Spicy Black Bean Soup, In A Flash

August 3, 2009

 

Categories:
Appetizers, Side Dishes, Soup


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When I was twelve, my family took a trip to see the great canyons and deserts of the American West. My mother had planed a voyage to England, but my father vetoed, insisting that before his children traveled abroad, they ought to see their own country—at least the part he loved best. Up until I was born and my mother got nervous enough to set her own vetoes, my father took annual trips to Monument Valley on his motorcycle. He spent much of his youth gallivanting from New York to Mexico on two wheels and was deeply disappointed when my mother put the kibosh on traveling several thousand miles with her family packed onto a bike and into a sidecar.

BlackBeanSoup1

She gracefully negated the idea, noting that school was out for a mere week, and that we couldn’ t afford to travel by land if we wanted to get home in time. So we flew to Flagstaff, AZ, rented some kind of unglamorous, gold sedan and drove from Bryce Canyon to the Grand Canyon and from Zion National Park to the Four Corners, where we could play hopscotch from Colorado to Arizona to Utah to Wyoming while holding our breath.

spices

What I remember more than anything was the scent of the desert changing from mile to mile. Eucalyptus, juniper, clay, rock: the combinations were heightened at night when the world went black and the dryness of the air made my burnt lips feel tight. When you can feel heat in your cheeks long after the sun has set, you know you’ ve sucked the life out of a day: especially when you get to sleep with a gut full of black bean soup.

Sedona lends itself particularly well to a bowl of this spicy soup. I’ ve never had a properly made spoonful of the stuff without recalling the whine of coyotes and the licks of campfire flames against a sandy floor below the town’ s red rocks. I remember being terrified and enchanted all at once, distracted only by a belly that begged to taste whatever scent was wafting from a nearby canyon kitchen.

Carrots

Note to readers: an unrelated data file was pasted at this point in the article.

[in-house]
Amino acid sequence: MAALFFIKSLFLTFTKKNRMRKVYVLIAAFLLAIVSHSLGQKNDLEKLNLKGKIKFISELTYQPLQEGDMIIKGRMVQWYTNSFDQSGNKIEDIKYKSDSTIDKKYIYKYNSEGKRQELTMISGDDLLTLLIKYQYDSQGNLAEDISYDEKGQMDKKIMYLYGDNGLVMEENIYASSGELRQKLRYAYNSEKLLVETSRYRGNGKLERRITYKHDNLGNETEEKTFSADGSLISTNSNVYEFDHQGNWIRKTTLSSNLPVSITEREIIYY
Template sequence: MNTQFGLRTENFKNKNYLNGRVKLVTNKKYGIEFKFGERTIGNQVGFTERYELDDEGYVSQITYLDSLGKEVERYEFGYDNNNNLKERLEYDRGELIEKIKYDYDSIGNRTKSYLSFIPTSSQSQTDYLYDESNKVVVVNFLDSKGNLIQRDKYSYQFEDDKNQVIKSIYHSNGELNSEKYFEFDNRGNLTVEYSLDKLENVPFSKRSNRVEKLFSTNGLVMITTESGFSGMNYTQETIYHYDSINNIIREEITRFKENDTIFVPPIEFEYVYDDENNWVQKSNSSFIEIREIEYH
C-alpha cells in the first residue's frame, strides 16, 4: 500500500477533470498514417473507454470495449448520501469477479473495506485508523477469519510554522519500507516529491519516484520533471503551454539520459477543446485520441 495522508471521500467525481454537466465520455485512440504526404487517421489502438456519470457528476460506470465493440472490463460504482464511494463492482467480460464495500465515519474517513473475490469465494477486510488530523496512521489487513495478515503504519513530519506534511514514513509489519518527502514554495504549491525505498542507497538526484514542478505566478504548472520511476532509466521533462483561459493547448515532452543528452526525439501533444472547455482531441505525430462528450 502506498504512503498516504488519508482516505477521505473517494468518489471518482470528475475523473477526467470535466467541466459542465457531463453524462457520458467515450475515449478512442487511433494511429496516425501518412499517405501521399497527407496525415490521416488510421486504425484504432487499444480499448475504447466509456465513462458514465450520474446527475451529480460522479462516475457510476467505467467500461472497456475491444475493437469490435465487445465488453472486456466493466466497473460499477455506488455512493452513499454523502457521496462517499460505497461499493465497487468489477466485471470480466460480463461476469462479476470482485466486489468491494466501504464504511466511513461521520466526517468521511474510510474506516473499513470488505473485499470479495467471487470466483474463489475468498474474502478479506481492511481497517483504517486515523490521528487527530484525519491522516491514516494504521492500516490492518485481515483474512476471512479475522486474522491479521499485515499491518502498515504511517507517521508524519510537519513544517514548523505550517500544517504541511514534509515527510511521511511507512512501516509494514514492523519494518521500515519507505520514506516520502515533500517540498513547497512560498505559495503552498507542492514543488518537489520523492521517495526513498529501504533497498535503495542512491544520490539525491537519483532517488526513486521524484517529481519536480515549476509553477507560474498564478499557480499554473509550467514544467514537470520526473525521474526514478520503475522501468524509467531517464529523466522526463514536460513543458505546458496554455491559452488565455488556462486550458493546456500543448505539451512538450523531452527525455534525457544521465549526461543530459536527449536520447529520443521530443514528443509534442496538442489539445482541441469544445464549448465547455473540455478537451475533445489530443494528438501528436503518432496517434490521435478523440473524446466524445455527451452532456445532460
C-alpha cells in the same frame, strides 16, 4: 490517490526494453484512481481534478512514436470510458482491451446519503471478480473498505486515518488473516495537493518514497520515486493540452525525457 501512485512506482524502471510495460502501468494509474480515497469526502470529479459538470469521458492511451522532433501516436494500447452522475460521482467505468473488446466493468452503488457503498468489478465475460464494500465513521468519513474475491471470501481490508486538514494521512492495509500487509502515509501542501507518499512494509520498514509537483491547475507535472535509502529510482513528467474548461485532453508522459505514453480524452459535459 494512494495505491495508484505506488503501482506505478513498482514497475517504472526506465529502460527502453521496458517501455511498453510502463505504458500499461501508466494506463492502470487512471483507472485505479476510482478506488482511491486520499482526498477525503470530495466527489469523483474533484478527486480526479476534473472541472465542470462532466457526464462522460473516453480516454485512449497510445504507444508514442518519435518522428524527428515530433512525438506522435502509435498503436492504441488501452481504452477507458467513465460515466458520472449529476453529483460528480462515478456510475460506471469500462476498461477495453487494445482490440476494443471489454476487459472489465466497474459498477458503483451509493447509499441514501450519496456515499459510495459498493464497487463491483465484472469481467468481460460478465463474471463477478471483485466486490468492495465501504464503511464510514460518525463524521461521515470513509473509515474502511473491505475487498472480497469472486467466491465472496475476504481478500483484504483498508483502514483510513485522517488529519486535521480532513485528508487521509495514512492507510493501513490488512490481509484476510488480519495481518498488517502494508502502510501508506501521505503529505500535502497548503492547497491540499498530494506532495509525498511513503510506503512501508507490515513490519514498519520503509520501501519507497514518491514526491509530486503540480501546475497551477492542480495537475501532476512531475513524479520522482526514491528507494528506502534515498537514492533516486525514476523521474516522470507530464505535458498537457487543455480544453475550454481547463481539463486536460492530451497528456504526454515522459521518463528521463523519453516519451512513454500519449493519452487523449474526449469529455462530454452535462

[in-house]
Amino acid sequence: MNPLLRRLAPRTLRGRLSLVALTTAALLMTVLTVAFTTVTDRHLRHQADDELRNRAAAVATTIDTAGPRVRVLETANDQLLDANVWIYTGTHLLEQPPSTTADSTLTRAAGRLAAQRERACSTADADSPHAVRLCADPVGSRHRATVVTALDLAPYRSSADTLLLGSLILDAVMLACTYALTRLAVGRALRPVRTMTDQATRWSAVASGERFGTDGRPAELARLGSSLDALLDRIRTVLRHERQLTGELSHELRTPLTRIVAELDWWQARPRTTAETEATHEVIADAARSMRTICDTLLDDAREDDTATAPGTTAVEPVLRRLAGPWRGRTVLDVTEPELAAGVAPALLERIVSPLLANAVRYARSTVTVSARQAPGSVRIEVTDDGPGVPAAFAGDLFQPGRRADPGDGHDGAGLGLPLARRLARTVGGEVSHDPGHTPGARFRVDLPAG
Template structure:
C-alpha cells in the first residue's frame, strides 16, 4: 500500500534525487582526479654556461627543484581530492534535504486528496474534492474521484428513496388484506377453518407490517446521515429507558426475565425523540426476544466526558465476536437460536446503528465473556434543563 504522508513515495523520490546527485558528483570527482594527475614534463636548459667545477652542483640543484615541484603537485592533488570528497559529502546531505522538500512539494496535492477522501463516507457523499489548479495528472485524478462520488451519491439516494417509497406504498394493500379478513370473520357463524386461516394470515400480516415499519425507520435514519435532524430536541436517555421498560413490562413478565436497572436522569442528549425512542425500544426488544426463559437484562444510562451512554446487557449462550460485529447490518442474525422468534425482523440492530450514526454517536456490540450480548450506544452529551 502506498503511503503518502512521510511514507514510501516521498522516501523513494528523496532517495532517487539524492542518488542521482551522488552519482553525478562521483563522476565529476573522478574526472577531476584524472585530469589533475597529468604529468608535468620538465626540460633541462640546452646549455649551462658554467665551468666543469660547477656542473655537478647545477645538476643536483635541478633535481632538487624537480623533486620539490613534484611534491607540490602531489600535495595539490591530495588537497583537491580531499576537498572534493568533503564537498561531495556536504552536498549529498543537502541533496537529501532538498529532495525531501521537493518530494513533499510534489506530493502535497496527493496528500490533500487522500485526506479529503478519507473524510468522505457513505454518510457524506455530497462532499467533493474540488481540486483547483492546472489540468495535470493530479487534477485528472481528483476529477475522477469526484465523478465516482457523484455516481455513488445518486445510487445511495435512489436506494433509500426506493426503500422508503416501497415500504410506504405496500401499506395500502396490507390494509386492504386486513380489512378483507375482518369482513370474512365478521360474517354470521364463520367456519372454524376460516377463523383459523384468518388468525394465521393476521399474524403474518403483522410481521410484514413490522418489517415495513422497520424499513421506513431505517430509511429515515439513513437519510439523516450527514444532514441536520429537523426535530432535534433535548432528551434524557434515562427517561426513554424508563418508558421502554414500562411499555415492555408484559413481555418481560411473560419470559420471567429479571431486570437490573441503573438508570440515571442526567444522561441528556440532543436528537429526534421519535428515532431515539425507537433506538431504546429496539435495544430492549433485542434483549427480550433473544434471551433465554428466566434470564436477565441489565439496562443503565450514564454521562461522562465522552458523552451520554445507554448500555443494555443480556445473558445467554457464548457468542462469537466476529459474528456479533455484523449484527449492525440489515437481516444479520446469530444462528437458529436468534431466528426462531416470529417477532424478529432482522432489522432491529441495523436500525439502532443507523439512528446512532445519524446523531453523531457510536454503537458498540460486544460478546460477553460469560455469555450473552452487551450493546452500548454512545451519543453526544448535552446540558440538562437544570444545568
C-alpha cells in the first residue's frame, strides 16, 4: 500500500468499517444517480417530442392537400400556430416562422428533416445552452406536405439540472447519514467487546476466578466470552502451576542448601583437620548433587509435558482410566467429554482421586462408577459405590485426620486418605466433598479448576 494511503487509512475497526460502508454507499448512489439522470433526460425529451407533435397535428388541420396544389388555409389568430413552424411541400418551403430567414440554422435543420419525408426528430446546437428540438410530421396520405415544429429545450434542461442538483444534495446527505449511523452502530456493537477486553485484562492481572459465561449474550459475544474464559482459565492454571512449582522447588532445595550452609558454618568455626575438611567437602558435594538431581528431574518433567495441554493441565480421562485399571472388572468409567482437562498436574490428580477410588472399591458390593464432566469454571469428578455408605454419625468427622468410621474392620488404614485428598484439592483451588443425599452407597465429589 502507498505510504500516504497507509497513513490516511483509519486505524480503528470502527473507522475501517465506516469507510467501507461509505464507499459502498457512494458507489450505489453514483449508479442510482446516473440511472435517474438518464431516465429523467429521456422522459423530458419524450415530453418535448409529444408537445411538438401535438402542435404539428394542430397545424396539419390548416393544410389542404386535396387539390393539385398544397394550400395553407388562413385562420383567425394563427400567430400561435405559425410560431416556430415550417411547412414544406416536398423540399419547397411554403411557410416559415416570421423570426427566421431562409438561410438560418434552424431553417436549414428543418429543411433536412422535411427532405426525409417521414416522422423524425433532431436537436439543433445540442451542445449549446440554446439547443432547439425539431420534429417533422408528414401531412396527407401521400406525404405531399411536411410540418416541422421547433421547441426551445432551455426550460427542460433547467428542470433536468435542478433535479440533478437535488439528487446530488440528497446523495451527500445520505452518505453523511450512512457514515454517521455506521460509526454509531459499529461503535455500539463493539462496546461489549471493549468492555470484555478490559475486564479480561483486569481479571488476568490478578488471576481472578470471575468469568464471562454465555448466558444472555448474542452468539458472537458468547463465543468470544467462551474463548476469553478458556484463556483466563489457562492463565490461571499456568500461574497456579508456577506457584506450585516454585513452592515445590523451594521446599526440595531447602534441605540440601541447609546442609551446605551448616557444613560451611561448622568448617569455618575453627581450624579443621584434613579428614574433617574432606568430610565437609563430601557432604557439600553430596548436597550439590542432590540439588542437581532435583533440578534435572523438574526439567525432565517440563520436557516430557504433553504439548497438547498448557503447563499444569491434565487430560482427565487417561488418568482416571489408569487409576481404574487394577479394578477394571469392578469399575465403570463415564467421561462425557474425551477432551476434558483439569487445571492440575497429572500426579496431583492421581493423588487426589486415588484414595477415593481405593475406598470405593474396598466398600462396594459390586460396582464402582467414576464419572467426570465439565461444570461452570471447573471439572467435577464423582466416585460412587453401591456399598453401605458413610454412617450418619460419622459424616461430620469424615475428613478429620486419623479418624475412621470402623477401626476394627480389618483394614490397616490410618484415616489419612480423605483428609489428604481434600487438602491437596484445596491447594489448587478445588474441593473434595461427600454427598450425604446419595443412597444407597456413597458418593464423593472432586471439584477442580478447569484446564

A few weeks ago I found myself longing for that deep sky, peppered by white dots…cool, windy and smelling like Chipotle peppers in Adobo. It was a rainy, cold afternoon in Connecticut, and I’ d just picked up some bright carrots with which I’ d planned to make a slaw. But raw vegetables were not in the cards on such a damp day. Instead, I wanted to translate the stormy weather into a bowl of something deep and warm.

Fortunately, a bowl of first-rate black bean soup does not require an overnight soak or 4 hours of simmering, despite whatever wild West myths you might have heard. When I found myself with a sudden craving—as much for a memory as for a meal—I tried a quick recipe and was happily surprised by the flavors I could tease from a couple of cans of beans, tomatoes and peppers. It added just the right kind of warmth for a wet, windy evening—the kind you might crave after a long day spent traversing the desert in a saddle: be it of the equine or boxer-twin variety.

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Spicy Black Bean Soup
Adapted from Epicurious
Serves 6

2 tbps olive oil
4 garlic cloves, chopped
1 large carrot, chopped
1 red onion, chopped
2 tsp ground cumin
1-2 Chipotle peppers diced, plus 1 tsp Adobo sauce
2 15 oz cans of black beans, undrained
1 15 oz can of diced tomatoes, undrained
1 ½ c chicken broth
½ c sour cream
bunch of fresh cilantro for garnish
S & P

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Heat oil in heavy large pot over medium-high heat.

Add garlic, carrot and onion, sautéing until soft, about 6 minutes.

Mix in cumin and Chipotle (add in increments to control heat).

Empty bean and tomato cans into the pot, along with chicken broth, and bring soup to a boil.

Reduce heat to medium, cover, and cook until carrots are soft, about 15 minutes.

Transfer to blender, pureeing in batches—be careful to leave enough room to prevent explosion!

Return to pot. Simmer soup until slightly thickened, about 15 minutes.

Just before serving, remove 1 c of soup and slowly stir in sour cream. Reincorporate into large pot off the heat.

Garnish with chopped cilantro and season with salt and pepper.

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